Ask the Big Question
40 Gifts of Lent | Gift 22
Reflections on Acts 24 – end
Then I heard a voice in Hebrew: “Saul, Saul, why are you out to get me? Why do you insist on going against the grain?” I said, “Who are you, Master?” The voice answered, “I am Jesus, the One you’re hunting down like an animal. But now, up on your feet—I have a job for you. I’ve handpicked you to be a servant and witness to what’s happened today, and to what I am going to show you” Acts 26: 12 – 16 The Message
I think the biggest question I’ve ever asked God to answer is, “Who are you?” I often think I know who he is, but truthfully, I don’t know what I don’t know.
I forget to ask God, “Who are you?” when life is moving steadily by at a happy rhythm with no interruptions. It’s those “life interruptions”…those “stepping off a cliff interruptions” that shake up my thinking to ask God the big question, “Who are you?” I would like to say that I’m a brave person, able to face any challenge, but I’m actually afraid to face the unknown. The interruptions in life bring me to my knees.  I read once that you’ll never treat the darkness as something strange until your eyes are opened to the light. I’m asking to see more of his light. I’m asking God for his help to stop fighting against his will.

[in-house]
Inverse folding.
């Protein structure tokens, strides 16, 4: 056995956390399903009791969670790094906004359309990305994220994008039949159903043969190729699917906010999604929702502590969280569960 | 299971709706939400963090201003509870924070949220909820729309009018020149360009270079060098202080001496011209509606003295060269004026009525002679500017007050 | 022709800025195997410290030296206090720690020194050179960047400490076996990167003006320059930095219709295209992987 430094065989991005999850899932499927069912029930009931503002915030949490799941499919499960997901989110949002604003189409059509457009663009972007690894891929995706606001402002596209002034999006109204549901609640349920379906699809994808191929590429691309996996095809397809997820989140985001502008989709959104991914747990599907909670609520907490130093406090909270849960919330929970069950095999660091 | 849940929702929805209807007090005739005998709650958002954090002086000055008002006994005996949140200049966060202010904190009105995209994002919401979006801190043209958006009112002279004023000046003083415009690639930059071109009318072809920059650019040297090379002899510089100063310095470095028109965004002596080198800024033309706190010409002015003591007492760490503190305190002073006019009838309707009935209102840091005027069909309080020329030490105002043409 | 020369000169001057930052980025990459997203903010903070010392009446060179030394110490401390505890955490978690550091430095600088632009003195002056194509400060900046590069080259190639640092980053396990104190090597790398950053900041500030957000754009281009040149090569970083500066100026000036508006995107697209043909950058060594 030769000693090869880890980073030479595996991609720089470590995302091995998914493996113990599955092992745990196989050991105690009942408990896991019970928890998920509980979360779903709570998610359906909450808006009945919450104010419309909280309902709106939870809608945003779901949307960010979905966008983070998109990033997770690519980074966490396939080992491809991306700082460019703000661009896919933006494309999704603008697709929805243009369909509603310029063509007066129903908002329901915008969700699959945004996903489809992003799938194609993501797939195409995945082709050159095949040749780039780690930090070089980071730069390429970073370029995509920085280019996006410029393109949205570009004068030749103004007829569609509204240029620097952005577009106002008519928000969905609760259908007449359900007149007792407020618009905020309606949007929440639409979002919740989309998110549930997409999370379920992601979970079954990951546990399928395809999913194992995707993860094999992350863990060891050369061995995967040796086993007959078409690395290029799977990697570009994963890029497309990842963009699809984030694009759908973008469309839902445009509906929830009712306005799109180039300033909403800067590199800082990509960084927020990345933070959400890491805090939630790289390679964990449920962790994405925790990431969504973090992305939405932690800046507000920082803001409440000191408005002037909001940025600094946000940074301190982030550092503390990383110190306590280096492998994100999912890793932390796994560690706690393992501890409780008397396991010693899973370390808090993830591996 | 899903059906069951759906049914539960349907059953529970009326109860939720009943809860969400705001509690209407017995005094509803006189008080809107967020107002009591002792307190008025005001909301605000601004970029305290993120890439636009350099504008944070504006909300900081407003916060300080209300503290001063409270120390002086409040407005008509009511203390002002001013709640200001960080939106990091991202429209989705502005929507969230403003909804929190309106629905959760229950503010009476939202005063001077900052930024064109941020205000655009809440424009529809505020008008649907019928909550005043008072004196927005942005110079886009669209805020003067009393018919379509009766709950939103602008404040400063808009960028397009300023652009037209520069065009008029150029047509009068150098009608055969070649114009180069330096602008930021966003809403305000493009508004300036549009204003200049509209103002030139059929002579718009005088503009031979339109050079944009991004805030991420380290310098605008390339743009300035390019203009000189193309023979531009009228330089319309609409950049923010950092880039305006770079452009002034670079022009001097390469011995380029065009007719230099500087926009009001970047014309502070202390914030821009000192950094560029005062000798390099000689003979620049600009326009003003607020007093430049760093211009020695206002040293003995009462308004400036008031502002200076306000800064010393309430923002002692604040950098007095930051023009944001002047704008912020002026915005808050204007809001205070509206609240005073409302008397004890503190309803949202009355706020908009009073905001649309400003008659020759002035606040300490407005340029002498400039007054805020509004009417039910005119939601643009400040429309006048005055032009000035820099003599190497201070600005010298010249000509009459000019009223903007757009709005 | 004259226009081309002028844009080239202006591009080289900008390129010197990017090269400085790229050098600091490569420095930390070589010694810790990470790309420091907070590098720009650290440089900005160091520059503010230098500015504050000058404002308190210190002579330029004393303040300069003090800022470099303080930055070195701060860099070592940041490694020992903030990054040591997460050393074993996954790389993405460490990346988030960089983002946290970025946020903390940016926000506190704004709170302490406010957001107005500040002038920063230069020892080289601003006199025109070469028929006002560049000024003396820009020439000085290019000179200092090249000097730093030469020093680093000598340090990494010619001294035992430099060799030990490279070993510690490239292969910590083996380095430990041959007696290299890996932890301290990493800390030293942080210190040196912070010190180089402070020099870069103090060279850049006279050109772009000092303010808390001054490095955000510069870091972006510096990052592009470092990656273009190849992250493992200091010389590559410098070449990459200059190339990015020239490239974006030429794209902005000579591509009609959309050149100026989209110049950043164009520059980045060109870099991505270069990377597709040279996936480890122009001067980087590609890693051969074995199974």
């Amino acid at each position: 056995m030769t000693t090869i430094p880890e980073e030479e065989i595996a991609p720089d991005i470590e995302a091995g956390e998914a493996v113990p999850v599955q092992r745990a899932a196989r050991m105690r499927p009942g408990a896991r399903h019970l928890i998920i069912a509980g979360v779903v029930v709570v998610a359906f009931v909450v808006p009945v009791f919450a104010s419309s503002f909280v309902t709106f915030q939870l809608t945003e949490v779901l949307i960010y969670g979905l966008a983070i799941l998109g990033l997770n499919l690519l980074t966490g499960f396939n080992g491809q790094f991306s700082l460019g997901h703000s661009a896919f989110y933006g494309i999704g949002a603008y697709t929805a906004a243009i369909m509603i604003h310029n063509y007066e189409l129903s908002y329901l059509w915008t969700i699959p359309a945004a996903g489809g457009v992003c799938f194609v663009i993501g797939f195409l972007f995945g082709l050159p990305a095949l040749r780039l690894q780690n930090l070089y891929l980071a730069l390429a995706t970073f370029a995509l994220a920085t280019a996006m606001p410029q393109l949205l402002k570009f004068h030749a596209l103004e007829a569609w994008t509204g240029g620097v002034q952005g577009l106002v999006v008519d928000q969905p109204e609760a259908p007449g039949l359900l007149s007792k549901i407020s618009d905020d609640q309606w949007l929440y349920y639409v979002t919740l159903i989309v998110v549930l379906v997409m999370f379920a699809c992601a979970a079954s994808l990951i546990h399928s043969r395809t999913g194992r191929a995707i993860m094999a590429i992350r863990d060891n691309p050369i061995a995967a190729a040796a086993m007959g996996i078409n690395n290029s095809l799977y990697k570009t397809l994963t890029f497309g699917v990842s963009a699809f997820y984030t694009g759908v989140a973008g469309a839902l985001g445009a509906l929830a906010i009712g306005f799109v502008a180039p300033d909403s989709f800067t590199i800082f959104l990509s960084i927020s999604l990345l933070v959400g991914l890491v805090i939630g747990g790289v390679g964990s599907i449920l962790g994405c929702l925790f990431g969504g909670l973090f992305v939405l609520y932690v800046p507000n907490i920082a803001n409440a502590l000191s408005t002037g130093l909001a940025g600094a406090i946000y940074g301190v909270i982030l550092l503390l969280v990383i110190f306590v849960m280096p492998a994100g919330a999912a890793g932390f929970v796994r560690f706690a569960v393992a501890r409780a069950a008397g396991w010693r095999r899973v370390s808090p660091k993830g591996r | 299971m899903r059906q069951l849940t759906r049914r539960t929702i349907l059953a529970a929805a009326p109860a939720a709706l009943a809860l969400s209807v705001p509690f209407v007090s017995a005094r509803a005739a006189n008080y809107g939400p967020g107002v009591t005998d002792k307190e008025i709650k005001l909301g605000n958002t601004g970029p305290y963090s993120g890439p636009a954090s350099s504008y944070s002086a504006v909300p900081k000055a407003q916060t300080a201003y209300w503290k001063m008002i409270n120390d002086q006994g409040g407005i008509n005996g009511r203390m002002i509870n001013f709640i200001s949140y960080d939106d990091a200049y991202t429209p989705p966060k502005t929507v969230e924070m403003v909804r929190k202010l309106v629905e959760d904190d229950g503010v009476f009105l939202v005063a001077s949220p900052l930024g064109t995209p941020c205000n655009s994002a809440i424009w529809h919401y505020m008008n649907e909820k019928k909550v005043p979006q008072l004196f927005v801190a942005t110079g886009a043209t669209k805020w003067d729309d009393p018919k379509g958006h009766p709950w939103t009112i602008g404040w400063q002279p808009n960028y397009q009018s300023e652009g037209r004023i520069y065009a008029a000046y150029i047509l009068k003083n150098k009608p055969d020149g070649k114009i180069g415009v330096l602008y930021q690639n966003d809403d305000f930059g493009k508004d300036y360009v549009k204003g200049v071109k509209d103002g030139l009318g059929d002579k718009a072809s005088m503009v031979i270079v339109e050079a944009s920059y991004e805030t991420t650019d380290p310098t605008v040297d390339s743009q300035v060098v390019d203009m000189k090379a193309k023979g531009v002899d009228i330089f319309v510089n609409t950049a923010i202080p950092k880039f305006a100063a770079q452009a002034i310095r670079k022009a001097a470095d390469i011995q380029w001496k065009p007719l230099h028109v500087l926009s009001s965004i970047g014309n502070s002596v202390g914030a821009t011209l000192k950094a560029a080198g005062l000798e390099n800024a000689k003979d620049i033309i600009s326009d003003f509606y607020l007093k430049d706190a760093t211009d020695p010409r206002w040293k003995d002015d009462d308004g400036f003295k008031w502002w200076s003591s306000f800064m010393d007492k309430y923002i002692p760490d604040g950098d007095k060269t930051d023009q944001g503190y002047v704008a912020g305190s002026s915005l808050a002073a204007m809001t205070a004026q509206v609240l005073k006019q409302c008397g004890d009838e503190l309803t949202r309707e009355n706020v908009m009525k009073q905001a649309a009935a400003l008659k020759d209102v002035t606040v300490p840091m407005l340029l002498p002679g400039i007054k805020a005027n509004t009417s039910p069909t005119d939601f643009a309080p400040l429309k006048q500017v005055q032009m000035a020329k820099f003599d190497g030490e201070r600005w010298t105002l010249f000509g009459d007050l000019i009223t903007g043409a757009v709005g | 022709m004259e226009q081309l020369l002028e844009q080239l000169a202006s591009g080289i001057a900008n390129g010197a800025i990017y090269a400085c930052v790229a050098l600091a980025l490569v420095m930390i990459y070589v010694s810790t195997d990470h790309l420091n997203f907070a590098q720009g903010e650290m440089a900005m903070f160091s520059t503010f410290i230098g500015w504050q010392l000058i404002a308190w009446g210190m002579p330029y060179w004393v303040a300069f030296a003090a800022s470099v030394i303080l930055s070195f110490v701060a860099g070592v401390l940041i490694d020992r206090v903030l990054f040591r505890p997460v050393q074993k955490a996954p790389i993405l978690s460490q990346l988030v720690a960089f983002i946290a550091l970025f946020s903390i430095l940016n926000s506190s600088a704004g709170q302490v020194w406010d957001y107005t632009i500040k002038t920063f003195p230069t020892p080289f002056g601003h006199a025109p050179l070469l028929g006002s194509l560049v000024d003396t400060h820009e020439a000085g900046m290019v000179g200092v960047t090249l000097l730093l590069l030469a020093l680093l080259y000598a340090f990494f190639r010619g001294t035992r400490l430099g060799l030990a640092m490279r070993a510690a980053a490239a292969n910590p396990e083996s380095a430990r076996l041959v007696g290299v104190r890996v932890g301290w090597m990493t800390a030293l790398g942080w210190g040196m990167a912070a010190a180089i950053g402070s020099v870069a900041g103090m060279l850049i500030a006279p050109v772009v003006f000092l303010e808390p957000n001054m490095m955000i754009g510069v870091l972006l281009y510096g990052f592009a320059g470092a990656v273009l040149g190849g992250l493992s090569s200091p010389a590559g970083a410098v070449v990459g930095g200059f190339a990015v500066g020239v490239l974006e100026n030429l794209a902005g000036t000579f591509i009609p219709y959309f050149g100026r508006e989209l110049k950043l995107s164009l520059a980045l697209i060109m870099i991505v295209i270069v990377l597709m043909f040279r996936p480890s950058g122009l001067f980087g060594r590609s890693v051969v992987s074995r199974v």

I am asking God to answer the big question…I’m asking for a life-change of deeper faith, a faith that is not just something I do with my brain (head knowledge) but the way that I live my life. Throughout life, our faith must grow. We start with a small faith, but as we live the Christian life our faith becomes stronger, enabling us to trust God more and more. 
Ask the big question of God and he will reveal who he is through his son, Jesus…and then you will get up and go and press on through his strength and grace.
In Christ there is grace to sustain for every need, grace to empower every deed. There is the grace to forgive all of our sins and the grace to impute to us his perfect righteousness. There is the grace to absorb the wrath of God we were due and the grace to conquer the sin and death we could not escape. There is grace to live and grace to die. There is grace to crawl and grace to fly. There is grace below and grace up high.
In Christ, there is grace to get through the stinkin’ day. And whether we do so by the skin of our teeth or bounding and leaping with joy upon joy, our souls are united to him day by day and age to age. Because his fullness does not afford a meager grace, a probationary grace, a tentative grace. For from his fullness we have all received grace upon grace. 
I am anticipating the arrival of Easter and celebrating the most amazingly good gift I’ve ever received. I want to focus my heart on the fulfilled expectation of Christ’s first coming and the glorious expectation of His second coming. To continue reading, please go here: 40 Gifts of Lent